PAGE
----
In this month’s Direct Energy Buzz, we’ll help you live brighter by digging a little deeper into a few energy and technology stories that might have found their way into your social media news feed. Specifically, we’ll discuss a wind energy news story with a confusing spin, find out what happened to clean coal, and finally offer a geeky wink at the coming robot revolution.
Wind Energy: The Trouble with Spin
Last year, the headline Wind Power Generates 140% of Denmark’s Electricity Demand started appearing on Facebook news feeds. The story was posted by the The Guardian on July 10, 2015. Now, 140% is impressive for wind energy generation, no matter where you are. By comparison, on December 20, 2015, wind power in West Texas set an all-time high for wind production and provided 45% of the state’s total electric load for 17 hours.
Certainly, The Guardian’s headline was designed to give wind energy a lot of spin, especially in the UK because the British government had announced it was ending subsidies for wind power. In the US, however, the story’s presence on social media has been prompting confusion about US wind power. 45% isn’t a whole lot is it? Not even half, in fact. This is embarrassing. Why is Denmark making more with their wind?
You might be asking, “How and why are these articles about wind generation from last year relevant to this year? Well, how about we look some the actual wattage numbers?
- Denmark’s wind farms have a capacity of 4.8 Gigawatts (GW). The actual energy demand on July 10, 2015 was 3.2 GW. Wind power provided 3.8 GW of energy, and 1.03 GW was exported.
- Texas wind farm capacity is about 15.8 GW. Texas energy demand for December 20, 2015 was about 29.2 GW (nearly ten times that of Denmark). Texas wind supplied 13.9 GW of that demand (nearly 4 times the amount Denmark generated).
Hence, Denmark’s wind capacity would put it at a respectable fourth place compared to other US states generating wind power. The BIG Danish difference is that 1.271 GW comes from offshore wind turbines. Currently, the US is only just now building its first experimental offshore wind farm.
The Status of Clean Coal
Clean coal, or carbon sequestration as it is also known, has been the coal industry’s answer to controlling greenhouse gasses, especially carbon dioxide (CO2). The goal of the technology is the capture CO2 emissions and other particulates from coal generation smokestacks and convert the emissions into useful products. Not only can the CO2 be stored in the ground, but the gas can also be used for enhanced oil recovery (EOR) to force out more oil or gas out from existing wells. But for the past few years, Clean Coal’s high costs has been running into hundreds of millions of dollars.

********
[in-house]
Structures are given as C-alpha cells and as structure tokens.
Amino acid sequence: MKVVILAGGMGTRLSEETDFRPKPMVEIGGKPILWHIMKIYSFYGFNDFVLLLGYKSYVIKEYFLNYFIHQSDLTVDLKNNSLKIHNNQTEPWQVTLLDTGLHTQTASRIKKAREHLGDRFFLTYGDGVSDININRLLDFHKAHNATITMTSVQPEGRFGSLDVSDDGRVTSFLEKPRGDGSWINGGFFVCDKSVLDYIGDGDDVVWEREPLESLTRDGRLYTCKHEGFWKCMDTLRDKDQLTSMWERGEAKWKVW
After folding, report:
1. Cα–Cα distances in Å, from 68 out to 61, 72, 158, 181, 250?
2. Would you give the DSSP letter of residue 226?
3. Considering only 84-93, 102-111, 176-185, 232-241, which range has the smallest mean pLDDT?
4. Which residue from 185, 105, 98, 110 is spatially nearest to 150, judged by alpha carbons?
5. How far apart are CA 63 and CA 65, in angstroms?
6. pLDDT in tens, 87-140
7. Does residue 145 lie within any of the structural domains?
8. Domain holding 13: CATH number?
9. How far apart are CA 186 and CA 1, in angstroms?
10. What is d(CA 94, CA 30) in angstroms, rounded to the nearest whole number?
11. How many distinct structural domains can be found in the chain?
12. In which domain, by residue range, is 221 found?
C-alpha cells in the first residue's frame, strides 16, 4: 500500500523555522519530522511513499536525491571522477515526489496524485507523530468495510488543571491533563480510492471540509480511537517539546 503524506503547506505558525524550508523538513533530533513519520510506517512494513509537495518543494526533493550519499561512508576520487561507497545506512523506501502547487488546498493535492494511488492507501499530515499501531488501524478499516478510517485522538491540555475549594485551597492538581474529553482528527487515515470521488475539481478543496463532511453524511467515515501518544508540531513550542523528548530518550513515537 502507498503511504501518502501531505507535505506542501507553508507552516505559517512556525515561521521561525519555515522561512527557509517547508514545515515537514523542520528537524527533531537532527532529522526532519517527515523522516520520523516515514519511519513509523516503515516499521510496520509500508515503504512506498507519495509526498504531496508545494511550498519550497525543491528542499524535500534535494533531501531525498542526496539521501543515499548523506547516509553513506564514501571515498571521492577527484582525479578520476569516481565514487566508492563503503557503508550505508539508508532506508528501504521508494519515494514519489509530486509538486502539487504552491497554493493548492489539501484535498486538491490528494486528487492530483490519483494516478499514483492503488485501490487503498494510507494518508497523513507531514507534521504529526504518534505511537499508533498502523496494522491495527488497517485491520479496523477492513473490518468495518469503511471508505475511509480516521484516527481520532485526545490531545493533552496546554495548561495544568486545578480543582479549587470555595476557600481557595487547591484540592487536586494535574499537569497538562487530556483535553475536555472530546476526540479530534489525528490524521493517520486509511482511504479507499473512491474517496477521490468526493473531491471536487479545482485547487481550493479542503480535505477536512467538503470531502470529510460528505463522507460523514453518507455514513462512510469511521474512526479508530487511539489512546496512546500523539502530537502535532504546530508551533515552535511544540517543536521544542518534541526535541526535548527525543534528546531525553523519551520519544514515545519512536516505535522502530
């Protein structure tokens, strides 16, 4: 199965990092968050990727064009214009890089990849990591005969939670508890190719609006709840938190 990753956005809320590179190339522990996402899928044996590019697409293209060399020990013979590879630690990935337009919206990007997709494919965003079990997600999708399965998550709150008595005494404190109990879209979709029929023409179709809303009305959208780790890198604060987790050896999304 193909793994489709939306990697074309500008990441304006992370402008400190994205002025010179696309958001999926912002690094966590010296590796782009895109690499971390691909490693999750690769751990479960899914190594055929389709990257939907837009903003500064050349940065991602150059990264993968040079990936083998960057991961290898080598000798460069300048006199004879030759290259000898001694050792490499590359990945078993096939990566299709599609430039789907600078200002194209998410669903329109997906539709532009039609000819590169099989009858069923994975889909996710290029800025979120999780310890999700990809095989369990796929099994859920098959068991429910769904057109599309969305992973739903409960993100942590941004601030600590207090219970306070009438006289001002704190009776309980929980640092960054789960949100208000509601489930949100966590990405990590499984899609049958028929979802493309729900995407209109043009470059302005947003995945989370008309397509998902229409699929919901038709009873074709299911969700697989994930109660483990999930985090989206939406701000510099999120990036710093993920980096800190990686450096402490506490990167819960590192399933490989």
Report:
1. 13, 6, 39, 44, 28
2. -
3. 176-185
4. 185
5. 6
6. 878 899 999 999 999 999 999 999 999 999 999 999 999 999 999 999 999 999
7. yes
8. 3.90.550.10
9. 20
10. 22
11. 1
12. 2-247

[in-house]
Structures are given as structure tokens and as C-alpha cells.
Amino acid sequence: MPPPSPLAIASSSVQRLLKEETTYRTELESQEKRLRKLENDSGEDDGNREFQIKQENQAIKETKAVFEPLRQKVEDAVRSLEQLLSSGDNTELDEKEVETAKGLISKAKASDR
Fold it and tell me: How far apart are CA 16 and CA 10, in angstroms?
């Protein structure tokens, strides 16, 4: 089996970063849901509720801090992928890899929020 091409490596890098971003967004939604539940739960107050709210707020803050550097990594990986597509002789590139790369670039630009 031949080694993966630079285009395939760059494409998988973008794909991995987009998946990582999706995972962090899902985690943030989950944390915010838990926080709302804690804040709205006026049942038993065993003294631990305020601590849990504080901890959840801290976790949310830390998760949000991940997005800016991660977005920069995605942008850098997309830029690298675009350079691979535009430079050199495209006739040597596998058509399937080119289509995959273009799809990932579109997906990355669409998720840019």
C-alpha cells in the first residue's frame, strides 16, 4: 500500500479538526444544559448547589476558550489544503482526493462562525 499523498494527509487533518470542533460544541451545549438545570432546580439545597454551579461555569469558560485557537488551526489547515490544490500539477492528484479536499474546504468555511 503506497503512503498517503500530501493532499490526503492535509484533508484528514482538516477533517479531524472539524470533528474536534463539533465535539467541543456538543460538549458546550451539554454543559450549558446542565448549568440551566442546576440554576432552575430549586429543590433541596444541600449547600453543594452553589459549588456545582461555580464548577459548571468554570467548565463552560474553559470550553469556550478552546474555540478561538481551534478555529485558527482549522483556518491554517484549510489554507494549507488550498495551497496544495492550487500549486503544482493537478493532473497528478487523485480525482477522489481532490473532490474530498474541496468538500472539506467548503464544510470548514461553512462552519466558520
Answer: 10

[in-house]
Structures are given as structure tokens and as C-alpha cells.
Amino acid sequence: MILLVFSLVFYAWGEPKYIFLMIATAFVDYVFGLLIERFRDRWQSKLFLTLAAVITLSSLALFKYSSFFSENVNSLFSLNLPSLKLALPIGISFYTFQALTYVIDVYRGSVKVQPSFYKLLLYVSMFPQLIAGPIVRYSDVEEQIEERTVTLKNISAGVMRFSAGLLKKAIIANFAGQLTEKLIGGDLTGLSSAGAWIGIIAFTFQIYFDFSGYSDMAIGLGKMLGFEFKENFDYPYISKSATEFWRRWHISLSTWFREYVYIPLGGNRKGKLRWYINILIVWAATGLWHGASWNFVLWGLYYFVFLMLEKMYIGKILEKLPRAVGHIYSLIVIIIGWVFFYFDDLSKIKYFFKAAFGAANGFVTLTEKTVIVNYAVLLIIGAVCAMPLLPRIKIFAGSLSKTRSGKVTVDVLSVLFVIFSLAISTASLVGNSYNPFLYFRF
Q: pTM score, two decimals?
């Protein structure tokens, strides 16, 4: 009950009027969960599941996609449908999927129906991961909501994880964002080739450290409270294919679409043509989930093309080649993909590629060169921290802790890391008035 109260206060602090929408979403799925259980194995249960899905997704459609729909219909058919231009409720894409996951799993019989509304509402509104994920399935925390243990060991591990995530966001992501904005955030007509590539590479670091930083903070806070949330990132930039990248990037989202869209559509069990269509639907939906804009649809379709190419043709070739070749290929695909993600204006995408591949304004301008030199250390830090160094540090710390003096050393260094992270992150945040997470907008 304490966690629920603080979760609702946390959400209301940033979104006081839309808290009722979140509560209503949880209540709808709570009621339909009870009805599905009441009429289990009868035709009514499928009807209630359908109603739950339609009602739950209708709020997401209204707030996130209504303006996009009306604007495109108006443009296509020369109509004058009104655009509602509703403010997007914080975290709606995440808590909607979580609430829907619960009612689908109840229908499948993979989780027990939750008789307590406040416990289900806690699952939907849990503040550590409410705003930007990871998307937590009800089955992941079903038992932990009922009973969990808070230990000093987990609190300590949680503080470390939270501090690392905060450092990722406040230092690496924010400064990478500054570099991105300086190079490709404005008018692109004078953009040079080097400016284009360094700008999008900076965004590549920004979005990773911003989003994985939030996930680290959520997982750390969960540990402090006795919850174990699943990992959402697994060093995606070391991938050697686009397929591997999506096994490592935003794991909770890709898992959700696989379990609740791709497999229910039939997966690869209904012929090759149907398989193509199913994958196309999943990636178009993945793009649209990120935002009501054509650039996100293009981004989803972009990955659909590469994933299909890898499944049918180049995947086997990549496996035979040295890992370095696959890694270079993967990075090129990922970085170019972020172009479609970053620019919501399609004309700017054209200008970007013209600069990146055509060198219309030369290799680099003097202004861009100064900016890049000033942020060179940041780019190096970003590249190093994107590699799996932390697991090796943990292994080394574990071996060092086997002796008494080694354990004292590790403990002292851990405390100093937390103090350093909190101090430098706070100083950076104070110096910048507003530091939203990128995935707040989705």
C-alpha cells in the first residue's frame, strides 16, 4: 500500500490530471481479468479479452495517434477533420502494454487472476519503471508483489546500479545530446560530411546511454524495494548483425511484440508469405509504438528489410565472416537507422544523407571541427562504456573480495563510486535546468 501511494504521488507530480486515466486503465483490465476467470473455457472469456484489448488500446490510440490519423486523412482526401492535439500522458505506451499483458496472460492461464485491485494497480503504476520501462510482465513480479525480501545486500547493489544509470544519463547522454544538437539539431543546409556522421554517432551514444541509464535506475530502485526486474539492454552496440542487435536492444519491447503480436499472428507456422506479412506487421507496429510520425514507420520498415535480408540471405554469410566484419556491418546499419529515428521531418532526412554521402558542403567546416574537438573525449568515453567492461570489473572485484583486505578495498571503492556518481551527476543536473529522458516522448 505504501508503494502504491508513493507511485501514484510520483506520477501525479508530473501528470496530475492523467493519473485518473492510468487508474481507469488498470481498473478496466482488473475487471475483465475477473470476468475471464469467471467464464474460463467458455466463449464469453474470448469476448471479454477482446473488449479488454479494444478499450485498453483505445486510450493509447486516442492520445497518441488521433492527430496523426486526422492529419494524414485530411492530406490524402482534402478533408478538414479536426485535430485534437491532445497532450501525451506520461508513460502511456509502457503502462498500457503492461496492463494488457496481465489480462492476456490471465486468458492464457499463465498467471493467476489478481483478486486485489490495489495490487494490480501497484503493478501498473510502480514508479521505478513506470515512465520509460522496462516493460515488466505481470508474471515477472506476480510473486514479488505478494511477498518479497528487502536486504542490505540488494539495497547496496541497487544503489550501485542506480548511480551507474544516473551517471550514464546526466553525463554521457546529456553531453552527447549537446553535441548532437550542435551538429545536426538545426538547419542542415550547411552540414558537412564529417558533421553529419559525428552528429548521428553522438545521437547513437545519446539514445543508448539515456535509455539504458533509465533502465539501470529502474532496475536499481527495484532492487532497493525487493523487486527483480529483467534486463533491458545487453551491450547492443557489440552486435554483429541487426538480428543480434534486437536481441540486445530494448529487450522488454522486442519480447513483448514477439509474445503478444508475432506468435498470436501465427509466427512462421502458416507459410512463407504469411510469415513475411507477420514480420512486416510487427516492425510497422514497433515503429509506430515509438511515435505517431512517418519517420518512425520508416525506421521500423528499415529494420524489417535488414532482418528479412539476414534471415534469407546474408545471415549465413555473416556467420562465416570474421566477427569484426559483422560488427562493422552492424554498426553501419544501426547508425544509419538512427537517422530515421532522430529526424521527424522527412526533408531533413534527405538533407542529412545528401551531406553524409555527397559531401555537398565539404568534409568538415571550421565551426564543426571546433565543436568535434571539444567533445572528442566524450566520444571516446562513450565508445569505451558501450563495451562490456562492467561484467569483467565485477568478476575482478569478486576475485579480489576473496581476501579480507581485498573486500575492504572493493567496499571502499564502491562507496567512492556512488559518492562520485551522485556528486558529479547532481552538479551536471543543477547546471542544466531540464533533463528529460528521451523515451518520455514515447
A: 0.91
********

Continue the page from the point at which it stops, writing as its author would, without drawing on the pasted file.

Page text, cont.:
Even with grants and partial funding from the US Department of Energy’s Clean Coal Power Initiative (sometimes helping with nearly 50% of a project’s cost), these CO2 capture projects stalled or were cancelled owing to regulatory uncertainty, low natural gas prices, and the continuing cost decline for renewable energy. Add to that the plummeting price of oil this past year which reduced the profit potential for EOR usage in older oilfields. On the whole, the financial outlook for clean coal has been dreary.
The bright spot so far is that the technology works. Even most cancelled projects showed reasonably high success rates. In Canada this past January. Boundary Dam’s No. 3 power generating unit and carbon dioxide collection system worked according to plan, capturing 84,976 tons of carbon dioxide and hitting a 99% efficiency.
Refinancing has kept a few US projects alive. The Texas Clean Energy Project is a 400 megawatt (mW) coal gasification plant designed to trap CO2 for EOR and other products will start construction soon having concluded agreements with Canadian and Chinese construction and engineers companies.
The Kemper Project near Meridian, MS is a 582 mW plant that will capture 3.5 million tons of CO2 per year for EOR. Plant construction costs are $6.49 billion, nearly double the original estimate, meaning the plant has been dogged with repaying millions in tax credits and construction delays. Financial aid from a development agreement with the state-owned Chinese coal and energy company, Shenhua, kept Kemper afloat, but it’s two years behind schedule. It’s now expected to begin operations later this year.
Going Batty Over Androids?
For many geeks, 2016 has been the tongue in cheek harbinger of the Robot Revolution. Ridley Scott’s neo-noir film Blade Runner takes place in 2019. A group of illegal androids (called “Replicants”) are led by a military-grade replicant, Roy Batty (Rutger Hauer). Batty’s inception date is January 8, 2016. Other androids in the group also have incept dates in 2016, so birthday greetings for the Replicants popped up everywhere on social media (at least it did with my circle of nerdy friends).
What makes this slightly eerie is that Boston Dynamics debuted video of its new Atlas robot February 23, 2016. a bipedal robot that could navigate and self-right itself, Atlas looks much like C-3PO’s ungainly cousin. But what if you could wrap that clunky metal frame in something soft, squishy, and potentially responsive to tactile stimuli?
In fact, researchers at Cornell university recently developed an electroluminescent “skin” that can bend and stretch. They combined this skin with a soft locomotive robot to create a crawling robot that changes color. Apart from applications for health care and communication, it’s fun to note that the hyper-elastic light-emitting capacitor (HLEC) material in the skin could be used to provide input for a web of tactile sensors.
Of course, development of “Replicant” androids is decades away – we hope.
All the same, I’d like to say for the record right now that I welcome our robot overlords.